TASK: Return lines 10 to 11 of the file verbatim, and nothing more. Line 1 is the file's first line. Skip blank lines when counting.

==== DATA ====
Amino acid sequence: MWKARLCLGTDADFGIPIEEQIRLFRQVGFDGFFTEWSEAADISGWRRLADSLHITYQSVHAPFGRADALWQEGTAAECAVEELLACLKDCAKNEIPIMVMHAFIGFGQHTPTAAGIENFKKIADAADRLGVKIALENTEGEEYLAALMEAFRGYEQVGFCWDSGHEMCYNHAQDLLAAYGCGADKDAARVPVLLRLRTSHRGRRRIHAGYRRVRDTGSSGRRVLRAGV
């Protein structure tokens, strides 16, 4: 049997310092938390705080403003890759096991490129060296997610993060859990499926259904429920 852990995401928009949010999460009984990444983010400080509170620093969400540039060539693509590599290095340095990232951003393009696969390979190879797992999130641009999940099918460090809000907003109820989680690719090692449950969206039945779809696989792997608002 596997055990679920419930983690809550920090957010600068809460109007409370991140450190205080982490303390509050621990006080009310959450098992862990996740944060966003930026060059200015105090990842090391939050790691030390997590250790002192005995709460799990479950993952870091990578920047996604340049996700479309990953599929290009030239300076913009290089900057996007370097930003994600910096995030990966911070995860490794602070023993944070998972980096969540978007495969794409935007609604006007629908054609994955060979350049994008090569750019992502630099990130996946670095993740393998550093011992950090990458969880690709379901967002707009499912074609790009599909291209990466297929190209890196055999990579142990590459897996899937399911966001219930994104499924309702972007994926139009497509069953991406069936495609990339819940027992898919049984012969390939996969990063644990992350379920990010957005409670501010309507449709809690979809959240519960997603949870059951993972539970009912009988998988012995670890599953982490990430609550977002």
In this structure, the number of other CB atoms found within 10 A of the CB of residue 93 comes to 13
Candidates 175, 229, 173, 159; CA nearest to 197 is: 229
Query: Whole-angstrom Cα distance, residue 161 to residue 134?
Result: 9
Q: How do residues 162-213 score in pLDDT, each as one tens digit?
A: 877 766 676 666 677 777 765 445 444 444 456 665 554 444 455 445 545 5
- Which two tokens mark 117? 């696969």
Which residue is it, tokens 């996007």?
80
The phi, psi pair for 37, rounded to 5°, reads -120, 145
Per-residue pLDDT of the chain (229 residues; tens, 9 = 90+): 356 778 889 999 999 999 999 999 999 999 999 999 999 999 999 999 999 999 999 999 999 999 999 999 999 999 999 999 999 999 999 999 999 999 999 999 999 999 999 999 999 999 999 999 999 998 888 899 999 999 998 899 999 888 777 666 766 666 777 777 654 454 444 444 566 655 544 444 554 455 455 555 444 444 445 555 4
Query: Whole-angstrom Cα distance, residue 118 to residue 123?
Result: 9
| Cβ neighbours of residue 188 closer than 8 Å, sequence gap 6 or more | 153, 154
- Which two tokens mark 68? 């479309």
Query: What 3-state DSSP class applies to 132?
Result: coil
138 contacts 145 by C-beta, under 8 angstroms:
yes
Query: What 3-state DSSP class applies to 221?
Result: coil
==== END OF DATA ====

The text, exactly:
Which residue is it, tokens 């996007």?
80